General Conference Issues Unusual "Appeal" Regarding Women's Ordination

Early this afternoon the General Conference issued an "Appeal for Unity in Respect to Ministerial Ordination Practices." The Adventist News Network reports:

"The world leadership of the Seventh-day Adventists has issued a highly unusual 'appeal for unity' to regional administrative units of the church that have either taken or are considering independent action regarding the ordination of women to gospel ministry. The request comes in a statement issued today in response to actions by several union conferences, including two in North America."

The appeal can be read in its entirety here. It calls for:

  1. "unity in respecting a global church action (i.e. the 1990 and 1995 General Conference Session decisions on ministerial ordination);"
  2. "each union executive committee to carefully review the far-reaching effects of pursuing a course of action that is contrary to the decisions of the General Conference in session; and"
  3. "each union to participate in the current study about the theology of ordination and its implication."

According to the ANN report, the appeal "was prepared and unanimously accepted by consensus by the General Conference officers, a group of 40 senior leaders of the church, including the 13 division presidents who also serve as vice-presidents of the General Conference." (Among the officers is NAD president Dan Jackson, marking a dramatic shift away from Jackson's earlier statements.)

For each of the three appeals the document provides a page of justification and motivation.

Regarding "respecting the global decision of the church," the statement makes the following claim: "The actions of certain unions indicate their desire to establish an alternative source of authority for a matter that already carries the authority of the world Church." Any action towards the ordination of women, the statement repeatedly claims, is in opposition to the previous votes of the General Conference in Session of 1990 and 1995. Interestingly, this reading of the historical votes of the General Conference in Session seems to fall apart on closer investigation. The GC Session vote of 1990 comes the closest to the claim that the General Conference in Session has moved to prohibit unions from determining whether or not women should be ordained. Under consideration in the 1990 vote was a request to approve the ordination of women to the gospel ministry. The session voted overwhelmingly to not approve the ordination of women. The GC Session vote made no prohibitions whatsoever.1 The 1995 vote is even further from the GC statement’s claim, as it is no more than the failure of a provision proposed by the North American Division approving the ordination of women to pass (as described in the GC statement). A vote prohibiting women’s ordination has never been passed by the General Conference in Session. It is unclear if such a provision would ever pass if put to vote. In both instances cited by the GC appeal statement, the vote was a request for approval at the division level.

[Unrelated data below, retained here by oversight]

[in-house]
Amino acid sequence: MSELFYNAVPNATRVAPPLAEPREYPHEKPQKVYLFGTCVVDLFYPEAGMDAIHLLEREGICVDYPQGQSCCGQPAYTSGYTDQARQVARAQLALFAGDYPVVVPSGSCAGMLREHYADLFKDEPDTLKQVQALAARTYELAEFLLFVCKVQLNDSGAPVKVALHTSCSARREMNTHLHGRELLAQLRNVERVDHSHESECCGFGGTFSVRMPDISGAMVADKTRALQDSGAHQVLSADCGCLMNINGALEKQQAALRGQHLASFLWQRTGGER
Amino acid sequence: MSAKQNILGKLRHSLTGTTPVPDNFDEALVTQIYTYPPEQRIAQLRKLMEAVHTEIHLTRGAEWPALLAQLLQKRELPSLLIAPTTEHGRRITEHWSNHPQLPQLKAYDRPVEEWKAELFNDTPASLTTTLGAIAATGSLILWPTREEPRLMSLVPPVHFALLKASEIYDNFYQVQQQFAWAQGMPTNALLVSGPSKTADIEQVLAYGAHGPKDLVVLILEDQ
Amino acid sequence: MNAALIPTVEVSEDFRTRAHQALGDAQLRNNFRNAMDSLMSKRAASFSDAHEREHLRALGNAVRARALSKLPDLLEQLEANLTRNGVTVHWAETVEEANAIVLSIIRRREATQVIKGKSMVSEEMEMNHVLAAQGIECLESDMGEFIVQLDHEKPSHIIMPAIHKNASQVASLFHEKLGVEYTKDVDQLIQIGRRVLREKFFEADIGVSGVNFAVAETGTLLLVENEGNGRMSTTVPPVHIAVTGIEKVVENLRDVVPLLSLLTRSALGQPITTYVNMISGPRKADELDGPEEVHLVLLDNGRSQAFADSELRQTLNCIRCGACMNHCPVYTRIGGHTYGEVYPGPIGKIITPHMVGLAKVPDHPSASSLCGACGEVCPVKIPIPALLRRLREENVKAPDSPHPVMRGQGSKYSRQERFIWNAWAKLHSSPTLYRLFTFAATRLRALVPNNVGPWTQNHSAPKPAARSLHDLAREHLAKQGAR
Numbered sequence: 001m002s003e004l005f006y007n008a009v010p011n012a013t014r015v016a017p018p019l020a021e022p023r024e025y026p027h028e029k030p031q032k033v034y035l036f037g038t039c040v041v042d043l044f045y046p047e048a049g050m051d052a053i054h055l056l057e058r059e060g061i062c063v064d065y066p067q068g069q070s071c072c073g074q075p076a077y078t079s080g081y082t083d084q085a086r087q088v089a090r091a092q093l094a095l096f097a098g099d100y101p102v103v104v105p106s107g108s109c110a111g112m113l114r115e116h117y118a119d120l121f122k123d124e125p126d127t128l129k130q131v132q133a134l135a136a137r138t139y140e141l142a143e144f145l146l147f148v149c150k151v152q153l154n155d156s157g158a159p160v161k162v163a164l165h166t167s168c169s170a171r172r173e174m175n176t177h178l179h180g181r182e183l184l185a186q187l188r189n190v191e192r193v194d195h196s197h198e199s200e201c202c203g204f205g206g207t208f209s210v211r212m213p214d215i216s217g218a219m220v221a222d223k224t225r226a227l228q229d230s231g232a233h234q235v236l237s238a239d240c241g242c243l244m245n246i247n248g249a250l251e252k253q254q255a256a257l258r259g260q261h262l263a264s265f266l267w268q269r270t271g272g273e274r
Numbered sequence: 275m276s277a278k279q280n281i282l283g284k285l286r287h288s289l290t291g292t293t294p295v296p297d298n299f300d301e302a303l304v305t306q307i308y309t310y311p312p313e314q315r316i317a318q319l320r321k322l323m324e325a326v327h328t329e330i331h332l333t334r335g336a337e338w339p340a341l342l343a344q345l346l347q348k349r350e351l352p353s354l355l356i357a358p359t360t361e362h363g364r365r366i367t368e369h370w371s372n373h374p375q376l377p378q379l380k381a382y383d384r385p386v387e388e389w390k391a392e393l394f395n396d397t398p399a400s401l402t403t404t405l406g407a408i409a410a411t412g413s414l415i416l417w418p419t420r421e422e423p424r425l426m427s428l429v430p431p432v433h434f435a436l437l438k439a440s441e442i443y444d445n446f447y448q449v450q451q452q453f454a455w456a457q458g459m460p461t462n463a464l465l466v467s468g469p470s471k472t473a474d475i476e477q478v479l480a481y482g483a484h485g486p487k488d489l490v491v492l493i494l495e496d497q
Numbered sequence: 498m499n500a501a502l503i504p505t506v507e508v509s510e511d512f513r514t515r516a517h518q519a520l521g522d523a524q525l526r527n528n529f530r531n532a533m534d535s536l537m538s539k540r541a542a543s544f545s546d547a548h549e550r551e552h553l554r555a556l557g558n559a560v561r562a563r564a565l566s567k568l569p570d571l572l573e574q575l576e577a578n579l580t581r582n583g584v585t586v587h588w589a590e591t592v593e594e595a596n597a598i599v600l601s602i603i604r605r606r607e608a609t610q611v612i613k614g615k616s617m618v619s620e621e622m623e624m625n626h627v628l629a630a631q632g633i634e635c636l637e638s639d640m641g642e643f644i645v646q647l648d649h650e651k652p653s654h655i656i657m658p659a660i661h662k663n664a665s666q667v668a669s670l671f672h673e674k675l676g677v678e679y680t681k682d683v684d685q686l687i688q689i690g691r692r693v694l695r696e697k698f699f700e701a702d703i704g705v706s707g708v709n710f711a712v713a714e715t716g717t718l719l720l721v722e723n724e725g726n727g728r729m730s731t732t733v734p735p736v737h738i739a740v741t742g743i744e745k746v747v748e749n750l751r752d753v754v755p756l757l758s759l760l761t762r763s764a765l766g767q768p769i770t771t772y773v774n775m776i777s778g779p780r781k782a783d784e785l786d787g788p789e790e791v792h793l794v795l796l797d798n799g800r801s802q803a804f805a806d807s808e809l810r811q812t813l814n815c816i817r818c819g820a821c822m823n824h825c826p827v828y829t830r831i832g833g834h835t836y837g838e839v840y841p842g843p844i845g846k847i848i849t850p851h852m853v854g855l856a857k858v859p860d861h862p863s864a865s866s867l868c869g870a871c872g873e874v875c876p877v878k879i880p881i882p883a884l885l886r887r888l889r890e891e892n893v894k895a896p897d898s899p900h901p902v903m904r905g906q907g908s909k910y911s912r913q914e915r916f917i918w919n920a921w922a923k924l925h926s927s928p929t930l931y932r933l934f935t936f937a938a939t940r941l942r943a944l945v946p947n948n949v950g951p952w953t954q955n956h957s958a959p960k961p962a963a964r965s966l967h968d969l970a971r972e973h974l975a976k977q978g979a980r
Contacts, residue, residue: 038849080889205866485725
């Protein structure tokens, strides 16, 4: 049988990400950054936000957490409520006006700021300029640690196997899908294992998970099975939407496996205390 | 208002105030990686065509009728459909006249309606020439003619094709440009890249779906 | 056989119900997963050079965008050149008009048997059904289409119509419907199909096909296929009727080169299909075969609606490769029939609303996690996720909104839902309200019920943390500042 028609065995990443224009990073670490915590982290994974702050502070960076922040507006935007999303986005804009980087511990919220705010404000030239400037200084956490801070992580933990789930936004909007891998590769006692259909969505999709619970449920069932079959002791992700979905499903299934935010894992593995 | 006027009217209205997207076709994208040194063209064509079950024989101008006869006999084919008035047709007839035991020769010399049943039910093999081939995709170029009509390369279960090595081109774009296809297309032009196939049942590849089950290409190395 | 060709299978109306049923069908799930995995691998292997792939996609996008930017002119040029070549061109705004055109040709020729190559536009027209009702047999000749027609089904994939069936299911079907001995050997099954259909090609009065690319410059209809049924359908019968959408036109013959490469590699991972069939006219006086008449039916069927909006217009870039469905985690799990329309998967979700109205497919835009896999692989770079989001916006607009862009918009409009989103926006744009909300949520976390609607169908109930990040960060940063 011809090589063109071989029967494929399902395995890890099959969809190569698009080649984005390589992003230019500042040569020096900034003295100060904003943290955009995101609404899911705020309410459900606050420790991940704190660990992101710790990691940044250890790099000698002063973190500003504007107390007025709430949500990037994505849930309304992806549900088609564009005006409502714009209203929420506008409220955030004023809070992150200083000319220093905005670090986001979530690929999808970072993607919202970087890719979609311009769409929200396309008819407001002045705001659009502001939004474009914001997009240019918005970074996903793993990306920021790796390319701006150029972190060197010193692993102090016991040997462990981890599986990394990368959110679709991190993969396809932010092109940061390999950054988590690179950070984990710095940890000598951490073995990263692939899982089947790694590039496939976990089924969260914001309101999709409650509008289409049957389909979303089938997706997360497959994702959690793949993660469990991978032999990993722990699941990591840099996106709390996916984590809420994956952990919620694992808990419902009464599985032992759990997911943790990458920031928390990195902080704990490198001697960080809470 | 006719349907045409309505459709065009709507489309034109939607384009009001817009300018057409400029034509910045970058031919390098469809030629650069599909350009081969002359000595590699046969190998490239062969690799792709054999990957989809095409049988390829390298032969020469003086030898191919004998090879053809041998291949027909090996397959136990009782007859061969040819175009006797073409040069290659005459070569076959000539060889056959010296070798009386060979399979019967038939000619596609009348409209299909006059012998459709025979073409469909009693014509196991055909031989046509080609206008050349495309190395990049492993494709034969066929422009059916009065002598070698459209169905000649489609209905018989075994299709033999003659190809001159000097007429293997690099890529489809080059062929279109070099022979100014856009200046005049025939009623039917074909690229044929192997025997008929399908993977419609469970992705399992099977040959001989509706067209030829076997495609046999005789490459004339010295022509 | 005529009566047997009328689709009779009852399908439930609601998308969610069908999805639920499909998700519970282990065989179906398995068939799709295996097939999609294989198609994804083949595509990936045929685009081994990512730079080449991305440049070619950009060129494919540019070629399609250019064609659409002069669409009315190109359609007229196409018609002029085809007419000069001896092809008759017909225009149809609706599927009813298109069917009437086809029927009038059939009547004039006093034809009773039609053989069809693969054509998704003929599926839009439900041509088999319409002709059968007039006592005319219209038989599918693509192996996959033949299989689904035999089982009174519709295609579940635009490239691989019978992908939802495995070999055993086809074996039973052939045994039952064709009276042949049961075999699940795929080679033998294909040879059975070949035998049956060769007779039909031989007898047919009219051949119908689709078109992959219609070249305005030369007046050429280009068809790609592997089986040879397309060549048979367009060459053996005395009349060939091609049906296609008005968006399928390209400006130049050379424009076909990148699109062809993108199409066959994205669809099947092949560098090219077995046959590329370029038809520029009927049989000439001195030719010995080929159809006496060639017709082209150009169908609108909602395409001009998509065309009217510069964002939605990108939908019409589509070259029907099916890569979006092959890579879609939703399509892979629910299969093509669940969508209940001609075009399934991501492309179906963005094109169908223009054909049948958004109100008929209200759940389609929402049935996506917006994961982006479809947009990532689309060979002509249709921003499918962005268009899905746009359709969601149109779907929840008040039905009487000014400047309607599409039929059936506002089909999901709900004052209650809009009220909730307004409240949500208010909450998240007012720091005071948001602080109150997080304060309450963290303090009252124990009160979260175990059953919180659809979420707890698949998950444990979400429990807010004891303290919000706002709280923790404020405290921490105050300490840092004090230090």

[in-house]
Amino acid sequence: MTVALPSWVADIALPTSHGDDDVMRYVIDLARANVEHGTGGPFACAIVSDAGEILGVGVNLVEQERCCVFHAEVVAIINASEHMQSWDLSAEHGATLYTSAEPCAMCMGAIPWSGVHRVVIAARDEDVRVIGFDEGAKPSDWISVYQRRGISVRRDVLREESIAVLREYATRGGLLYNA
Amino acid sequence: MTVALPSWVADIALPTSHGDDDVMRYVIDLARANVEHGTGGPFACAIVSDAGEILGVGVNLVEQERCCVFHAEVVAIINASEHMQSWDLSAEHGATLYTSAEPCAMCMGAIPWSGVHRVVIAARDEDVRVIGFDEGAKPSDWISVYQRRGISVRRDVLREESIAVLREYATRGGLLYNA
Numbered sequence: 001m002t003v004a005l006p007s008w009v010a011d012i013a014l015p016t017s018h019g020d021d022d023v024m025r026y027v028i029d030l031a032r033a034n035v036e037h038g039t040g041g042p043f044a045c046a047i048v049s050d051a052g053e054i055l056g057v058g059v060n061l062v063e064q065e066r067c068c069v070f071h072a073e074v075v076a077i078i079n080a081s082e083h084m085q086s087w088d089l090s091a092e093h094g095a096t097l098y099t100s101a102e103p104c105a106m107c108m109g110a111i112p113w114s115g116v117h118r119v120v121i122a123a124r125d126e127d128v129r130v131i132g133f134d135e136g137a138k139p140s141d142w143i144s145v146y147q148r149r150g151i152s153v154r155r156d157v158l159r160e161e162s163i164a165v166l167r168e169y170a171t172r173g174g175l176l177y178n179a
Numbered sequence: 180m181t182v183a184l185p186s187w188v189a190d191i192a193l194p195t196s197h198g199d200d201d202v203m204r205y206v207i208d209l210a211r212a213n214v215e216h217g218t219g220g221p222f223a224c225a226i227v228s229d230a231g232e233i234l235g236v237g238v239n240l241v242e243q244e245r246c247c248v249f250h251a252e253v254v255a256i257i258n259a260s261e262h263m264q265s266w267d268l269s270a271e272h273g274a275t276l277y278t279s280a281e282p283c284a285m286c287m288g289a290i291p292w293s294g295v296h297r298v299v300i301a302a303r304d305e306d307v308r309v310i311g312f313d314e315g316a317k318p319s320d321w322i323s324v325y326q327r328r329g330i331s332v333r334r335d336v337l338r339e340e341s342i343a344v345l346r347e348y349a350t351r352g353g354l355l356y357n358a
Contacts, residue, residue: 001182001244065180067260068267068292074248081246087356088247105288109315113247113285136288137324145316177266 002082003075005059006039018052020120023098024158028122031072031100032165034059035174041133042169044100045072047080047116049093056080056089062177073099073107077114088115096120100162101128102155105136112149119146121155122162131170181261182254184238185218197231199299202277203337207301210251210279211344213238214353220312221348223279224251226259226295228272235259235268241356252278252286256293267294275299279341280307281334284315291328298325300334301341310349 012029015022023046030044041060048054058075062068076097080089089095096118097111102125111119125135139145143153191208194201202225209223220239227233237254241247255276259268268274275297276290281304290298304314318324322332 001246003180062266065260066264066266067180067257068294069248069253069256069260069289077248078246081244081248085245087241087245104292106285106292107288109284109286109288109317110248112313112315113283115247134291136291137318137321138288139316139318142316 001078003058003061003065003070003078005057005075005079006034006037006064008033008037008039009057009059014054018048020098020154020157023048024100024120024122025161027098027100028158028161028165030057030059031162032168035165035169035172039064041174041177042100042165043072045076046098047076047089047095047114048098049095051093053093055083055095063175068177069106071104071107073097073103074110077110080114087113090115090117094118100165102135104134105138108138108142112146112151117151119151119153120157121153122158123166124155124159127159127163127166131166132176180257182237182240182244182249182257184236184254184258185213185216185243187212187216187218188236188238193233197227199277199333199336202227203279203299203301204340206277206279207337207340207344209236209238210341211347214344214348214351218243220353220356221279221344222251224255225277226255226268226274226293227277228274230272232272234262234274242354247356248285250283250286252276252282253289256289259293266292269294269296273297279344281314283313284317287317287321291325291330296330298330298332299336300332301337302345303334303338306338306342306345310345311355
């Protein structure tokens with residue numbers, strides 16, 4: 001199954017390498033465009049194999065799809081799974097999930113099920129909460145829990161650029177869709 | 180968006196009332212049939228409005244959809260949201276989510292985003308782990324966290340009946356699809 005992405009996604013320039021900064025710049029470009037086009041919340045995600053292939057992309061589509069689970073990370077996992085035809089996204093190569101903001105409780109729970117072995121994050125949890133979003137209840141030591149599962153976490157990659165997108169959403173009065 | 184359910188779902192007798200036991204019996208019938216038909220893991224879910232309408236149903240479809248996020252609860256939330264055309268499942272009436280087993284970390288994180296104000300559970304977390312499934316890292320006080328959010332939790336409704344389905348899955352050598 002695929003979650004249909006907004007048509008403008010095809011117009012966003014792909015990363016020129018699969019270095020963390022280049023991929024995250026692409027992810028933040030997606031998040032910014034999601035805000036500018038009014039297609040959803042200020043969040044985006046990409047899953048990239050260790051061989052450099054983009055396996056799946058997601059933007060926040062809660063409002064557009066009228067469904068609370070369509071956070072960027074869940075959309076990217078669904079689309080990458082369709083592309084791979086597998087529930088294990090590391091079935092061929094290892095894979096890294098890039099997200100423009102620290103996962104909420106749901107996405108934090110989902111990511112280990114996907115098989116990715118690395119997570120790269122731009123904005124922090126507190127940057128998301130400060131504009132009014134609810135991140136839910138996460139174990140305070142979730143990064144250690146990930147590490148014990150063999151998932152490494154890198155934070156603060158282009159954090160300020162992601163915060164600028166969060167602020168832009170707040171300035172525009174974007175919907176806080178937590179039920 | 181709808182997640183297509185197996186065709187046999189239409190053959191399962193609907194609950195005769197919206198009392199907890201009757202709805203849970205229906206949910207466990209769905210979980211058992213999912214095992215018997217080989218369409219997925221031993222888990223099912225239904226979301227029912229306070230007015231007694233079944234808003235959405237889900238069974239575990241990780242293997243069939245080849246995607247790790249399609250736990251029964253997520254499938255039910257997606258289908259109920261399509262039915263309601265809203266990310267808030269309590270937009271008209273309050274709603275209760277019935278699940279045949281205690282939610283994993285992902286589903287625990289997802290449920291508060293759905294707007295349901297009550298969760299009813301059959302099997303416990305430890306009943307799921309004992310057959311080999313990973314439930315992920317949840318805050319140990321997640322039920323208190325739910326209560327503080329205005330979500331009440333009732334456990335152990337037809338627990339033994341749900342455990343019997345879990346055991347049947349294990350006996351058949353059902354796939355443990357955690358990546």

Indeed, there only could be discussions on the division level, as authority with respect to ordination rests at the union level rather than the division or General Conference level according to current church policy. This fact is explicitly clarified by a recent report of the General Conference Executive Committee1 and earlier by legal analysis performed at the behest of the North American Division. The fact of this church policy is in direct contradiction to the GC statement’s claim that women’s ordination is under the authority of the world Church. The GC statement anticipates objections to its argument based on this church policy: